Anglo American Heroes – Edward R Murrow
In a series of portraits, we look at Anglo American heroes. Men and women who transformed both our great nations for the better.
Courageous men are not always revered. Outside of their immediate generation many are not even remembered. Most tragic of all some are never celebrated at all in their native country. These portraits aim to throw light on the achievements of those Americans to whom Britain, in particular, owes a continued debt of gratitude.
Murrow in Britain
We are currently living in a Nation with a fractured news media, mistrusted by the very people it pertains to inform. Americans now have to endure a bewildering catalogue of “Fake News,” and “Alternative Facts”. Every day they are inundated with opinion masquerading as news. Every year fewer of them question the veracity or accuracy of the reports put before them. There can be no better time than to take a critical look at Edward R Murrow, one of America’s greatest broadcasters.
Ed Murrow is most famous for helping destroy the climate of persecution and fear that gripped America during the McCarthy area. What is less well know, is that he was also instrumental in pushing the plight of Great Britain to the forefront of American politics during the eighteen-months it fought alone against the Axis forces in World War II. In doing so, he imperceptibly changed the course of the war.
Murrow changed American opinion during World War II
It would be an exaggeration to claim that Murrow brought the USA into World War II. But at a time when only Empire forces stood between Nazi Germany and European domination his “This is London” series from the blitzed out capital conveyed to Americans both the desperation and heroism of the British people. Murrow’s “live” broadcasts frequently took place from the rooftops of London during severe bombing raids. They were groundbreaking in their immediacy and vividly conveyed to America the terror Londoners were living under. There is little doubt that they were fundamental in helping sway opinion in a nation that had previously thought of the conflict as a “European” war from which they should remain aloof.
America, at the outbreak of the war, was a deeply divided nation. Many pro-Nazi movements operated openly. Still more thought America should remain neutral. In 1940 Murrow and his wife Janet helped publicise and expand the“Bundles for Britain scheme” alongside Clementine Churchill. Its propaganda value on behalf of a besieged Britain was massive, even if its practical use was limited. The Germans, In contrast, were never able to gain the same kind of momentum in the USA. By Pearl Harbour Murrow had effectively turned the American people from aloof neutrality to ardent support of Churchill and Britain.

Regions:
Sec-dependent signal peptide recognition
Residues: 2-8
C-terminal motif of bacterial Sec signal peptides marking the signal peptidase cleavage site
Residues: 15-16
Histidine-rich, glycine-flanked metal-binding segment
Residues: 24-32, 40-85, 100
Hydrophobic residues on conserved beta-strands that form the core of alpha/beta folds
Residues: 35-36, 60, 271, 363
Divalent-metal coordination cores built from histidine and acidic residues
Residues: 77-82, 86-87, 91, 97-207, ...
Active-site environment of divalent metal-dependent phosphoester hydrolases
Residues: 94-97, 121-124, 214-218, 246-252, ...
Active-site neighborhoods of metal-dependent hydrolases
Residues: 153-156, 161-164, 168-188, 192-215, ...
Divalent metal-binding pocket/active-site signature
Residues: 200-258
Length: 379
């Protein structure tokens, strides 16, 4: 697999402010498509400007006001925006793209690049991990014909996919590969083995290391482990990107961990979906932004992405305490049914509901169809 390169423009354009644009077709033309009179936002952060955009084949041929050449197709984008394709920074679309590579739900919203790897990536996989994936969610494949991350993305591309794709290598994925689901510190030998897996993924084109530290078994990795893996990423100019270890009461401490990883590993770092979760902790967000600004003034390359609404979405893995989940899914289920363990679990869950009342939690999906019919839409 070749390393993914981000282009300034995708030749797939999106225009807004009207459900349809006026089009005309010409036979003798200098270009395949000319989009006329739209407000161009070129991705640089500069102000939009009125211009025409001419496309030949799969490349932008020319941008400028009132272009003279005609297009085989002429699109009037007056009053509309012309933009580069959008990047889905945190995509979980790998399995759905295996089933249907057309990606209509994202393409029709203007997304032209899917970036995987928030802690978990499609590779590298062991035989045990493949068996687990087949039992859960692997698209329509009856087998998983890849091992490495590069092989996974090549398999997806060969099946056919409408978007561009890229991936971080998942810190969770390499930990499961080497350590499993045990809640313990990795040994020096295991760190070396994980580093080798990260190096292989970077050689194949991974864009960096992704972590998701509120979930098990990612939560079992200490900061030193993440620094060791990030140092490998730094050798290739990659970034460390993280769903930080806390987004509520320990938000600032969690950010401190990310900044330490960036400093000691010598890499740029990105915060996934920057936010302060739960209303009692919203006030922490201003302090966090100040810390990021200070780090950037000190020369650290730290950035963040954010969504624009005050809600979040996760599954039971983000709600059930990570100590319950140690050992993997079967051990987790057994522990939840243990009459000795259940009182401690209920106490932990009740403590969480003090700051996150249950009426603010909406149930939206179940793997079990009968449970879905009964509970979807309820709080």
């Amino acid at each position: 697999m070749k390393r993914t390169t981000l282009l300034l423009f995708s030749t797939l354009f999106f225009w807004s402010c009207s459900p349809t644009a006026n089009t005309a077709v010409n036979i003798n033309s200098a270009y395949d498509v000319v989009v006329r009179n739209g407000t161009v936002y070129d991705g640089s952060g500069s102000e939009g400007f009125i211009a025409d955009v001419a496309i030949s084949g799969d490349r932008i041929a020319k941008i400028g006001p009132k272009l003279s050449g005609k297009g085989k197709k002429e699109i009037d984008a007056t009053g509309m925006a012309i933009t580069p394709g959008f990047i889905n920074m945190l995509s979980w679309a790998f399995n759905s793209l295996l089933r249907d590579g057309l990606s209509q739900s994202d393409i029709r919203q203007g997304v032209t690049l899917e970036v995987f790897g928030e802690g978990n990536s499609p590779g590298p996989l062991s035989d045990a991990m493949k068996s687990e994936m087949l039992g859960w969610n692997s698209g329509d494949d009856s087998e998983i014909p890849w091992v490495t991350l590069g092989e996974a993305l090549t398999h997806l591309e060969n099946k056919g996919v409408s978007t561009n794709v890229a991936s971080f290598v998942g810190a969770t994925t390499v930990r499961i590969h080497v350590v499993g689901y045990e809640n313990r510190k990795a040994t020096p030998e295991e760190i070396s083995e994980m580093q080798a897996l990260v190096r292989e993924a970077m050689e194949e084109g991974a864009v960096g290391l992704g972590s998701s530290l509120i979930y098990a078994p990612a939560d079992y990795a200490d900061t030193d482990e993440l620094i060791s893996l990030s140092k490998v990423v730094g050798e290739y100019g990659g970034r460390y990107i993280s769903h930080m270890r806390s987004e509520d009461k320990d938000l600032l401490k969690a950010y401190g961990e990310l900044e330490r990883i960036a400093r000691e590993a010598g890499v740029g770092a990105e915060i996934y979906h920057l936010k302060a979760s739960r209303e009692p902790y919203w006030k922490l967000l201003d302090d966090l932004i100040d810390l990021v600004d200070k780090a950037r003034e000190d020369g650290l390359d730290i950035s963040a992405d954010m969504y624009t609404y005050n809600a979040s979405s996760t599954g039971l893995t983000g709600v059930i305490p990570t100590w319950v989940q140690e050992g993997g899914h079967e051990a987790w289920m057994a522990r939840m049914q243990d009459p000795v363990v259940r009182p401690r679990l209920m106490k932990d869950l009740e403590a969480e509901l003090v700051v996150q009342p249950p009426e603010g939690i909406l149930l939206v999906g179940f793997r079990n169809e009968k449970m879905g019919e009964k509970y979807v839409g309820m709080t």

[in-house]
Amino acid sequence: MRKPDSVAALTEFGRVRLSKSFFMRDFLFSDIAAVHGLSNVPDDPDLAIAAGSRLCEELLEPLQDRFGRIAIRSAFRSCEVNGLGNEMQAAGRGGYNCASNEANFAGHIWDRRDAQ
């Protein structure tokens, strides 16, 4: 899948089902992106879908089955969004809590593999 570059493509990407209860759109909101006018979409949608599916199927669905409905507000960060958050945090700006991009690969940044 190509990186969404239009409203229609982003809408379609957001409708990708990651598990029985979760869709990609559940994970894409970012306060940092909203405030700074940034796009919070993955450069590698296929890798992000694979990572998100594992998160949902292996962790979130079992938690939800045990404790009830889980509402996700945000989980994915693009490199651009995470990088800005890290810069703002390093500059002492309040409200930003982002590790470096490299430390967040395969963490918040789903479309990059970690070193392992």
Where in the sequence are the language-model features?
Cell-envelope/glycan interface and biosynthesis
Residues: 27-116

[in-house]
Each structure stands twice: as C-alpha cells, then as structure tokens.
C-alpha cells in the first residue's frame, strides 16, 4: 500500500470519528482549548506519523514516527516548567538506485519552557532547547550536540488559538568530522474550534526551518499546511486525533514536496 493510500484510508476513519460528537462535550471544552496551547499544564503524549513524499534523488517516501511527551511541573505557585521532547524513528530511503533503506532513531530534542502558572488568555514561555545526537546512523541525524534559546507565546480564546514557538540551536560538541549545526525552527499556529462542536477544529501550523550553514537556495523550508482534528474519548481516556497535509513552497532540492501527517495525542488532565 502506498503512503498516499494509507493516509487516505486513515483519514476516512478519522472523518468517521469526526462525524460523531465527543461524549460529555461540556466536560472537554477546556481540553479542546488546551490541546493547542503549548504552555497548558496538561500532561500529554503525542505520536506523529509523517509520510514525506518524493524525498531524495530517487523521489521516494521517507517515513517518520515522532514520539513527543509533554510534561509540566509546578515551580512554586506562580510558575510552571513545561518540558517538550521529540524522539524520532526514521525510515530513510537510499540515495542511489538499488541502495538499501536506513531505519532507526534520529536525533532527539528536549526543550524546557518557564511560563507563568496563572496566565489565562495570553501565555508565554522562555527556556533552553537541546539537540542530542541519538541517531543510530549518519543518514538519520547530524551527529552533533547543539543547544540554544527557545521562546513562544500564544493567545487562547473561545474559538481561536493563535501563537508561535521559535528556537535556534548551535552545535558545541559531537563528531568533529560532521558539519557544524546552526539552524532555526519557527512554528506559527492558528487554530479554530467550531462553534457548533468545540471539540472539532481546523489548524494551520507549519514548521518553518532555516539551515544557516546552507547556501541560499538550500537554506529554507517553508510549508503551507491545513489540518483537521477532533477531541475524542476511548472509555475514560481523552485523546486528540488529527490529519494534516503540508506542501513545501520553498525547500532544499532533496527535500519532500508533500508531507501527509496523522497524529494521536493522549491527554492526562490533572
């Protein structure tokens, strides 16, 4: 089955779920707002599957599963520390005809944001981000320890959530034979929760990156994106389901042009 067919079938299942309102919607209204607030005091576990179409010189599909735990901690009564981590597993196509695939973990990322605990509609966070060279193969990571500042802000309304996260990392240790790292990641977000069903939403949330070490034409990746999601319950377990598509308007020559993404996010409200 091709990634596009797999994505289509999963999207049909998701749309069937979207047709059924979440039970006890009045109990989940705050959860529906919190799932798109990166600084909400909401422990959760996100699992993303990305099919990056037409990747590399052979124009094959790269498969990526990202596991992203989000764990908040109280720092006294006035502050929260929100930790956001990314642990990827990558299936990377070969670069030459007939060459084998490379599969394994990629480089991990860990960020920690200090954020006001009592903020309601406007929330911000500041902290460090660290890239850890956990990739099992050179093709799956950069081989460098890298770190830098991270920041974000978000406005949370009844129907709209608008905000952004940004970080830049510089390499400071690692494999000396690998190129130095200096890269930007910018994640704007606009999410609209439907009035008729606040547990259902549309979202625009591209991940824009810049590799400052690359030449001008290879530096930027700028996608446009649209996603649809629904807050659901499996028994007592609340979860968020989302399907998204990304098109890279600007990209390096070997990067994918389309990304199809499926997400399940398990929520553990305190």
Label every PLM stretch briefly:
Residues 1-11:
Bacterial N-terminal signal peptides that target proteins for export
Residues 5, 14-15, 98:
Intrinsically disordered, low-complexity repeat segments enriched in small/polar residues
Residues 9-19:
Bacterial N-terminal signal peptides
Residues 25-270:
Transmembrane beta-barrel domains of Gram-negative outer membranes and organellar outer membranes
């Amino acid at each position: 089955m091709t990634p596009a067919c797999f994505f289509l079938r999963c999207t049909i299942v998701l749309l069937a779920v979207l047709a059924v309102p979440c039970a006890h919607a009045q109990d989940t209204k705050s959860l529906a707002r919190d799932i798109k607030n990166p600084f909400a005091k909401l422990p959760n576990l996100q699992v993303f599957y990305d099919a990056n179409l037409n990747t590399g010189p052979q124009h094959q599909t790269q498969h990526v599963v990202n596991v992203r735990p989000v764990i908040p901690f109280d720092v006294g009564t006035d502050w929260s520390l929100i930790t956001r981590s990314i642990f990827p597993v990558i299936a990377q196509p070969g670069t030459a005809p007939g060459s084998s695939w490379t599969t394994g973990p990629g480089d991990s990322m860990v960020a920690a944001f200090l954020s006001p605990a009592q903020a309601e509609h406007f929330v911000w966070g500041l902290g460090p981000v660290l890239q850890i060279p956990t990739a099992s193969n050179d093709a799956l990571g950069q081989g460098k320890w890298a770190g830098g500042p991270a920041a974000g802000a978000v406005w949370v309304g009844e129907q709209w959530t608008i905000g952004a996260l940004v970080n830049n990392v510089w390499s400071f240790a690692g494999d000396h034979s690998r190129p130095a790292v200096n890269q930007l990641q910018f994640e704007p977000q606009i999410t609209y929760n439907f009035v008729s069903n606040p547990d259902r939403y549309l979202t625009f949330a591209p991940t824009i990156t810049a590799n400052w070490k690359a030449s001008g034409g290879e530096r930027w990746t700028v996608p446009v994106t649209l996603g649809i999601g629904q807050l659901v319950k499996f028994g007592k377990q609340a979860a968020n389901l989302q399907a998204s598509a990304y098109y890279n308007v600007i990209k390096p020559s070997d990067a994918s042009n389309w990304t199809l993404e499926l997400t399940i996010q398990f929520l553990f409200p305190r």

The poet Archibald McLeish best summarised his achievements when he said.
“While In London you destroyed in the minds of people in this country the superstition that what is done beyond 3000 miles of water is not done at all. That violence and lies and murder on another continent is not violence and lies and murder here. That what we cannot see, hear and touch can have no meaning for us.”
Murrow after the war
Senator Joseph McCarthy could not have prospered in any decade other than the 1950s. A perceived Soviet threat induced a toxic paranoia throughout American society. McCarthy fed off this and for a while was arguably the most important political voice in America. Though we do not deal here with this aspect of Murrow’s career, it needs noting that his “See It Now” broadcasts in 1954 were the first cogs in a giant wheel that crushed both McCarthy and the claustrophobic atmosphere of fear and suspicion he had nurtured.
Murrow was a chronic chain smoker. Even by the standards of a society where smoking was almost “de rigour”. Practically never seen off the air and more incredibly on it without a cigarette, he was a sixty a day “Camel” man who died of lung cancer at just 58. Poignantly only three months earlier Winston Churchill, personal friend and the man he had sponsored into the homes of millions of Americans also died.
It is probable that if Ed Murrow had not existed, the USA would still have eventually come to the aid Great Britain. But undoubtedly not to the same extent or with the same popular energy. McCarthy could also have eventually destroyed himself without his intervention. What is incontrovertible however is that Murrow tackled both of these anxieties first and with the most exceptional tenacity.
Murrow was also well ahead of his time in hiring the first woman correspondent for CBS Mary Breckenridge. This was unheard of in a period when blatant sexism permeated every stratum of American broadcasting.
Murrow wanted American TV to be a marketplace of ideas, not products. In that, he emphatically failed.
But for the last vestiges of “responsible “unbiased journalism that still exist in America, we ever owe a debt to Edward R Murrow and his doctrine that news should address the need to be clear, the need to be precise and the need to set in perspective what is going on in the world.
Boy how we could do with him now.
For a look at how Black GIs fought their own troops in Britain during World War II read my blog on http://www.englishmanlovesamerica.com/black-gis-in-britain/